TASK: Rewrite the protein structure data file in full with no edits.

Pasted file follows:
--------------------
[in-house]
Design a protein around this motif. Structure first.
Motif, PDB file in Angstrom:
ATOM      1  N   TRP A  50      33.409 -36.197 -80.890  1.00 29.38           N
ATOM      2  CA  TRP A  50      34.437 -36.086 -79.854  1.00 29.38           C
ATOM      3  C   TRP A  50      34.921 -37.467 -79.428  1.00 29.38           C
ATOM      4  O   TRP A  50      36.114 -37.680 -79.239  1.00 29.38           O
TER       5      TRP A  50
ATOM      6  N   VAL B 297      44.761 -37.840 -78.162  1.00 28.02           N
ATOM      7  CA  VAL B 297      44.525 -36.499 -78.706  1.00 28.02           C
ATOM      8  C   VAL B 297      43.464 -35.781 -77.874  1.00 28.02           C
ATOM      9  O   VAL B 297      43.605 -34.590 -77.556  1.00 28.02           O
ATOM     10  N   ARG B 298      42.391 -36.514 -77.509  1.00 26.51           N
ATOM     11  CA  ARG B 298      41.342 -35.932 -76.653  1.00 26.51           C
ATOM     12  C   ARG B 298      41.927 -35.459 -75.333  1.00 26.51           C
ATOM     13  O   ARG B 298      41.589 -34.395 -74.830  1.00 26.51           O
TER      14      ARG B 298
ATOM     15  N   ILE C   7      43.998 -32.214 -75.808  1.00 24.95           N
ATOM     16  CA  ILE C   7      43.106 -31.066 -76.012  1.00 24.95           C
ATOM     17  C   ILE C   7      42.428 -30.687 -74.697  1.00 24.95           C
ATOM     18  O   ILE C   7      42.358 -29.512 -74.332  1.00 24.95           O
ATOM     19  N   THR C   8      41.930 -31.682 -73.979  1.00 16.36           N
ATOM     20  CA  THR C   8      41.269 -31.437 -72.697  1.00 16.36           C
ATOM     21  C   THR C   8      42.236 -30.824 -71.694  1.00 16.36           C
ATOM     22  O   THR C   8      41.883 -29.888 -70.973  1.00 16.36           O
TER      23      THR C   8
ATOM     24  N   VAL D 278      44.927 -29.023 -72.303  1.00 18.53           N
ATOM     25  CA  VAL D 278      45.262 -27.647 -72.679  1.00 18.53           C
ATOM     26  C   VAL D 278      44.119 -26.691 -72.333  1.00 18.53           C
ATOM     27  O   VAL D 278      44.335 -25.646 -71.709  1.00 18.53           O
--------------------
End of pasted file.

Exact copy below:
[in-house]
Design a protein around this motif. Structure first.
Motif, PDB file in Angstrom:
ATOM      1  N   TRP A  50      33.409 -36.197 -80.890  1.00 29.38           N
ATOM      2  CA  TRP A  50      34.437 -36.086 -79.854  1.00 29.38           C
ATOM      3  C   TRP A  50      34.921 -37.467 -79.428  1.00 29.38           C
ATOM      4  O   TRP A  50      36.114 -37.680 -79.239  1.00 29.38           O
TER       5      TRP A  50
ATOM      6  N   VAL B 297      44.761 -37.840 -78.162  1.00 28.02           N
ATOM      7  CA  VAL B 297      44.525 -36.499 -78.706  1.00 28.02           C
ATOM      8  C   VAL B 297      43.464 -35.781 -77.874  1.00 28.02           C
ATOM      9  O   VAL B 297      43.605 -34.590 -77.556  1.00 28.02           O
ATOM     10  N   ARG B 298      42.391 -36.514 -77.509  1.00 26.51           N
ATOM     11  CA  ARG B 298      41.342 -35.932 -76.653  1.00 26.51           C
ATOM     12  C   ARG B 298      41.927 -35.459 -75.333  1.00 26.51           C
ATOM     13  O   ARG B 298      41.589 -34.395 -74.830  1.00 26.51           O
TER      14      ARG B 298
ATOM     15  N   ILE C   7      43.998 -32.214 -75.808  1.00 24.95           N
ATOM     16  CA  ILE C   7      43.106 -31.066 -76.012  1.00 24.95           C
ATOM     17  C   ILE C   7      42.428 -30.687 -74.697  1.00 24.95           C
ATOM     18  O   ILE C   7      42.358 -29.512 -74.332  1.00 24.95           O
ATOM     19  N   THR C   8      41.930 -31.682 -73.979  1.00 16.36           N
ATOM     20  CA  THR C   8      41.269 -31.437 -72.697  1.00 16.36           C
ATOM     21  C   THR C   8      42.236 -30.824 -71.694  1.00 16.36           C
ATOM     22  O   THR C   8      41.883 -29.888 -70.973  1.00 16.36           O
TER      23      THR C   8
ATOM     24  N   VAL D 278      44.927 -29.023 -72.303  1.00 18.53           N
ATOM     25  CA  VAL D 278      45.262 -27.647 -72.679  1.00 18.53           C
ATOM     26  C   VAL D 278      44.119 -26.691 -72.333  1.00 18.53           C
ATOM     27  O   VAL D 278      44.335 -25.646 -71.709  1.00 18.53           O